1. I will. And after I do, I’ll let you know how it turns out. Thanks for following Space, Time, and Raspberries! I’ll work to keep worthy of your time — while you wait for dough to rise, perhaps. 😉

    1. Oh that is so nice! Thanks so much! I used to make bread more often and this is the first time i have made it in several months. Making it made me remember how much I enjoy it and that I should do it more often! xxxx

  2. You are such an inspiring angel 🙂 Thank you. I am starting on my bread making, and I am sure the more I do, the more confidence I will get. I enjoyed that Kneading Video, that was so helpful, as that process always has been a concern.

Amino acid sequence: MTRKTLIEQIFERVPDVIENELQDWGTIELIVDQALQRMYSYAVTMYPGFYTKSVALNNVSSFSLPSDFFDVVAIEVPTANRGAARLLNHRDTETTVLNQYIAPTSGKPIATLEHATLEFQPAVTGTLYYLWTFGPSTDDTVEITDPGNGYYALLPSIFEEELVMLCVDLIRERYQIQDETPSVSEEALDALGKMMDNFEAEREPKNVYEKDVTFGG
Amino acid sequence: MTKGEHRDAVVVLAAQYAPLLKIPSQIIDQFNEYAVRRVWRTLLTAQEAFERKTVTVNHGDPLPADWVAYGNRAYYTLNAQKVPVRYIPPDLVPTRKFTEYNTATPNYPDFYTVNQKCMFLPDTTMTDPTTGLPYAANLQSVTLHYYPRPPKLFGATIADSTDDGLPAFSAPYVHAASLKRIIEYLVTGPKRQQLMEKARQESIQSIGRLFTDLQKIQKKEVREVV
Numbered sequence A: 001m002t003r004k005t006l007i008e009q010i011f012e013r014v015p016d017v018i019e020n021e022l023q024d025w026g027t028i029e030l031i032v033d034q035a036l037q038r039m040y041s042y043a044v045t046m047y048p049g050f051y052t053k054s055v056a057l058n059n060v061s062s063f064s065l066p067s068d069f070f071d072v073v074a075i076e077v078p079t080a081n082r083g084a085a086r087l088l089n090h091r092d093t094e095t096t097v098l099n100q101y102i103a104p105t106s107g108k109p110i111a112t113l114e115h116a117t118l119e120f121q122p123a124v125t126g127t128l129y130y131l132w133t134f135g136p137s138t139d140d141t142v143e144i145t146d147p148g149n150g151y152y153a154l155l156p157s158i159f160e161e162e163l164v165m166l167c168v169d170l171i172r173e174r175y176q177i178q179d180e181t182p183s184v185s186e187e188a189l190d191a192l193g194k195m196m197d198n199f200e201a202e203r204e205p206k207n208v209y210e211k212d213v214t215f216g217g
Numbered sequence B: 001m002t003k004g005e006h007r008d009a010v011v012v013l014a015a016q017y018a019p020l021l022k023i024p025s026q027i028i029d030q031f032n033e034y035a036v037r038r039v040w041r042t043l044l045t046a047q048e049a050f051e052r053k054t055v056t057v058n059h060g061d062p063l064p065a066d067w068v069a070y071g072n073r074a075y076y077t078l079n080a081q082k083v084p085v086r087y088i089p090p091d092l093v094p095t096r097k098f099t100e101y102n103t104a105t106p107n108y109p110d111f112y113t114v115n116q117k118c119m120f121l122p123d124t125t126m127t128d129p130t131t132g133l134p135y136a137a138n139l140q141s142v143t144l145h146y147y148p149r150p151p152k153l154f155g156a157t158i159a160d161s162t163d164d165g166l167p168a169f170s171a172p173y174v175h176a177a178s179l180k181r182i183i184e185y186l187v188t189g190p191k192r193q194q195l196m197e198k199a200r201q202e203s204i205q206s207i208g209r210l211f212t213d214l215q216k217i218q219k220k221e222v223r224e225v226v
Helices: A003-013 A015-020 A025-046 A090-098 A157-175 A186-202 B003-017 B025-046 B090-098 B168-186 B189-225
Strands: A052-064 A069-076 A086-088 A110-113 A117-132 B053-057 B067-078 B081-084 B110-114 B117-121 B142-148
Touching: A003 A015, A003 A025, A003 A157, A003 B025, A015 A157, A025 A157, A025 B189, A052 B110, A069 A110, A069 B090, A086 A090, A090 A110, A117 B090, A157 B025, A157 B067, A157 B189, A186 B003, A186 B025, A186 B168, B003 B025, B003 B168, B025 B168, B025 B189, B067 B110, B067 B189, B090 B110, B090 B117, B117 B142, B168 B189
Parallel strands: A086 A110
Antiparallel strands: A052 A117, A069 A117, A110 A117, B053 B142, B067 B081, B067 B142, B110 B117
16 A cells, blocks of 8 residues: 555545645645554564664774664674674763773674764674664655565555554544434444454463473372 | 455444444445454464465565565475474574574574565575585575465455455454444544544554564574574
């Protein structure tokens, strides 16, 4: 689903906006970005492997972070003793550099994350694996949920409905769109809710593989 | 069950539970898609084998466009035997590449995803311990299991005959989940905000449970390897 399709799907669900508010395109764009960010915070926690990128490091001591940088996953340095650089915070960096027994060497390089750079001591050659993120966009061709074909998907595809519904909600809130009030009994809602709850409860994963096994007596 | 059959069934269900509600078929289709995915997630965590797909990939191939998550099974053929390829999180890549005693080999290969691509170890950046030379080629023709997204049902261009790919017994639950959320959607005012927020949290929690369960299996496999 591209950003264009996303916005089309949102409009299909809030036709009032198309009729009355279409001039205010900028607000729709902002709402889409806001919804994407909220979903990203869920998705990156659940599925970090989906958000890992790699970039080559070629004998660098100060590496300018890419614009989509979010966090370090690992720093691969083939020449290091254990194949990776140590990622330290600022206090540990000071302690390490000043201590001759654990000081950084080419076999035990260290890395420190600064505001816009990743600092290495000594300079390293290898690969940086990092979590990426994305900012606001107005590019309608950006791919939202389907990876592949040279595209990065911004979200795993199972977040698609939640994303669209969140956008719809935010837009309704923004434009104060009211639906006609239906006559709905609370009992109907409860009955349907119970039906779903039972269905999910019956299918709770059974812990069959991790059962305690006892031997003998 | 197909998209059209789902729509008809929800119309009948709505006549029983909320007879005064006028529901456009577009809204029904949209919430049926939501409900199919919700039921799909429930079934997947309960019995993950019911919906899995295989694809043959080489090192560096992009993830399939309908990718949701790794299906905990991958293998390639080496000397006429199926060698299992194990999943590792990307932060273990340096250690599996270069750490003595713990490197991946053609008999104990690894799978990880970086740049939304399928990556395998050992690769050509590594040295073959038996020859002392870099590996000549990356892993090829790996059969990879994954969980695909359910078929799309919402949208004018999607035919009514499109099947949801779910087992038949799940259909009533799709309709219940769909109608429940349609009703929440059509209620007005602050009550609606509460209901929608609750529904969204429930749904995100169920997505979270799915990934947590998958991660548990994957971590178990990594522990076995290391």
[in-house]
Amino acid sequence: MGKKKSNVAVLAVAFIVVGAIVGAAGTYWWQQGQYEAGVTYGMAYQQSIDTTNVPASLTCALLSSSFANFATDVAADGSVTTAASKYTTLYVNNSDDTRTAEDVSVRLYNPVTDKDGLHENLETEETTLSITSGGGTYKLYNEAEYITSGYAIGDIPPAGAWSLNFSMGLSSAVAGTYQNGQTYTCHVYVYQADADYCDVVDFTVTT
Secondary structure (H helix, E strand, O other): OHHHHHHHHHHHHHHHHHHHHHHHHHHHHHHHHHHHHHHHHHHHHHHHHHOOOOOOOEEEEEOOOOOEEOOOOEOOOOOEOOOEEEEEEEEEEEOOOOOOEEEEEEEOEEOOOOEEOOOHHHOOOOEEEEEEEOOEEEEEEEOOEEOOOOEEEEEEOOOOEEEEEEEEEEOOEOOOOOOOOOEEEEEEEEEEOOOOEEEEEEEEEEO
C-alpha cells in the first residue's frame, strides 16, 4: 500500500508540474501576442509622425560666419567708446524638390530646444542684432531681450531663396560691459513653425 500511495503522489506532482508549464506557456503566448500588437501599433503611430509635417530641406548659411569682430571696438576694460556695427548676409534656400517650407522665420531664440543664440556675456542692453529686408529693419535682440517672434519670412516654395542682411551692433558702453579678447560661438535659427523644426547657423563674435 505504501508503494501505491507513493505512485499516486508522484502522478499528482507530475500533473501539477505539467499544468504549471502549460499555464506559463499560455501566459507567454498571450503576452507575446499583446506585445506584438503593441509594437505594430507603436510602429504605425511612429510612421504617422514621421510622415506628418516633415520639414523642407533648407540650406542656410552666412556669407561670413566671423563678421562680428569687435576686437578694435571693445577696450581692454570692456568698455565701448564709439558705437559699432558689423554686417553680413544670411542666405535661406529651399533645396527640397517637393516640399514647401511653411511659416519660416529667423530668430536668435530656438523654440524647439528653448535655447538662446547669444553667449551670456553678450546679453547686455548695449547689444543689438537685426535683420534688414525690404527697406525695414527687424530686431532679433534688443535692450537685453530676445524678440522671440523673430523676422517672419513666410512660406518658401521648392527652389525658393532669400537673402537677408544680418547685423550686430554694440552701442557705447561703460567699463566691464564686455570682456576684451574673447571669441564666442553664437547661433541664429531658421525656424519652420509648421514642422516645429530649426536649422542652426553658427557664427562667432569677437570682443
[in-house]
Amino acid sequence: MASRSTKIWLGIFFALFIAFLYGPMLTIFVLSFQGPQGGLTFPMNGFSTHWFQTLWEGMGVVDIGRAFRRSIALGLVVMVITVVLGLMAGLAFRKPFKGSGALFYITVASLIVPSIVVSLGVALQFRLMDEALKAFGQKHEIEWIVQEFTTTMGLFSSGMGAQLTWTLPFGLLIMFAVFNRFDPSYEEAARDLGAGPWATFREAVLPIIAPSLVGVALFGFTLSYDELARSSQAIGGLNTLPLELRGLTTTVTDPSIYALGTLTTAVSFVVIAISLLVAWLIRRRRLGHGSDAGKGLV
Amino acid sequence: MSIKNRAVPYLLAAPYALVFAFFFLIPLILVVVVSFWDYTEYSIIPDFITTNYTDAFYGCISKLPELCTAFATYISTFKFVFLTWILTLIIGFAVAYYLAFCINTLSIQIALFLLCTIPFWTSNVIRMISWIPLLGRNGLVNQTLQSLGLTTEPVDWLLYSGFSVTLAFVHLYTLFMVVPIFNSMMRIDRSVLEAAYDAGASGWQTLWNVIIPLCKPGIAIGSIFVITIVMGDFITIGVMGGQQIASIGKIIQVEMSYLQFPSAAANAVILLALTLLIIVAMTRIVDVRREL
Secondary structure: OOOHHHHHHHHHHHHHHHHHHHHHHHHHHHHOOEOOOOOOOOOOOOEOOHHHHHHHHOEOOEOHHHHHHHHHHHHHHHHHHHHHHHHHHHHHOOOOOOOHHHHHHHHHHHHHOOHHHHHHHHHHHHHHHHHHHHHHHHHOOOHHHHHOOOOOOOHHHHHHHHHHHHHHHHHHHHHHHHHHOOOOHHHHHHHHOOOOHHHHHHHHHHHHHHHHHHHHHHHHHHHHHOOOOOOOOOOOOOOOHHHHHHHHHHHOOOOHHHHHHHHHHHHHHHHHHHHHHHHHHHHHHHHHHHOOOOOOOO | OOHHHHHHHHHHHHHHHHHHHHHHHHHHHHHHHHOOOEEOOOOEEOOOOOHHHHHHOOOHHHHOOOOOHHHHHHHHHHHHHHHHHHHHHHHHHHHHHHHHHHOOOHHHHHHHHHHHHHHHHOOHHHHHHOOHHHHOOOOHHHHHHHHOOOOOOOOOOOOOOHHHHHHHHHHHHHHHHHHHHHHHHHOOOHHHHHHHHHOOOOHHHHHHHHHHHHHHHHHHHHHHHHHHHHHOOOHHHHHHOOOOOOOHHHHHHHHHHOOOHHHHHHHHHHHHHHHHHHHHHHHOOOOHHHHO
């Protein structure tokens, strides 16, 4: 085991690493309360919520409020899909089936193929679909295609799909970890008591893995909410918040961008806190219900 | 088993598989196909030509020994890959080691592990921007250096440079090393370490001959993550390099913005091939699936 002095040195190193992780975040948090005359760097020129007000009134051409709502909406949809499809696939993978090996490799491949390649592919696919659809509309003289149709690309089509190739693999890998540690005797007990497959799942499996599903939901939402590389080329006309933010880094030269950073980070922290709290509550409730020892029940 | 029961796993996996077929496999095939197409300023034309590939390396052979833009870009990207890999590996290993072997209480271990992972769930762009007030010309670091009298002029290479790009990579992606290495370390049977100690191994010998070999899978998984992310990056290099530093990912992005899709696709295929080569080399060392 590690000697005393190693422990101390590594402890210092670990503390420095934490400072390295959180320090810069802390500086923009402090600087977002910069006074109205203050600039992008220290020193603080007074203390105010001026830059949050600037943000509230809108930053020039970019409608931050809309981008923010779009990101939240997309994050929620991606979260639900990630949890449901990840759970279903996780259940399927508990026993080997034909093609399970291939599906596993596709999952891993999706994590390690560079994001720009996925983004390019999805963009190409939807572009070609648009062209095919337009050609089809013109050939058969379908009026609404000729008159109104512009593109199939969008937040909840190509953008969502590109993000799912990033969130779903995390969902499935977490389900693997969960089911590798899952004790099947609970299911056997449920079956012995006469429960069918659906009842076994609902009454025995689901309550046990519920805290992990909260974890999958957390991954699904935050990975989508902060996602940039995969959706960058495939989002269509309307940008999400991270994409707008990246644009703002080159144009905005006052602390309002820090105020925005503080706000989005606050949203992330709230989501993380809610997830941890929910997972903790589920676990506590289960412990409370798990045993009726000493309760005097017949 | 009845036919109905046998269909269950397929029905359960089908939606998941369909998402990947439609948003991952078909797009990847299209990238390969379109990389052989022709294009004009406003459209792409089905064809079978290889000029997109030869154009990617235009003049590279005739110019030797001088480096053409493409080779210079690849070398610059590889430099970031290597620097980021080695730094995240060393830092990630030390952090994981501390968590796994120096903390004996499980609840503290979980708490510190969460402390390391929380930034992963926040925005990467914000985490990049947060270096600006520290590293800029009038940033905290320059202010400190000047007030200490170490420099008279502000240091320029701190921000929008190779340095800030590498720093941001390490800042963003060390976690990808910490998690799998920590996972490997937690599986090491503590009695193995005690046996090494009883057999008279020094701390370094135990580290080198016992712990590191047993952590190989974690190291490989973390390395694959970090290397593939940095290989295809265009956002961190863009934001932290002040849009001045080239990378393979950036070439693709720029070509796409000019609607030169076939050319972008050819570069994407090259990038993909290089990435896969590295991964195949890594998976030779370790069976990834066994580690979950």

Thank you so much for sharing ❤

    1. Hi! You are so welcome! You will see that it is easier than it appears!The video helped me too! I am so happy that you are inspired too! I am looking forward to seeing your bread! 😊😊😊😊😊😊😊😍😍😍😍😍

  3. Natascha, that looks AMAZING! Can I admit that bread is the only thing I don’t bake?I am firmly in that camp, the one believing that making bread is TOO hard. You’ve made me reconsider however. I just need to set some time to do this now. And btw, a Croque Monsieur is delish but a Croque Madame is even better! 😉 xoxo

    1. Oh great!!! Honestly, I do understand your hesitancy about making bread! I had it too! I hope you try this because you will see it is not so hard! I tried the Croque Monsieur and the Croque Madame and they only confirmed that what I already knew: The French are culinary geniuses! 👏👏👏😙😙😙😙😙😙😙😙😙😙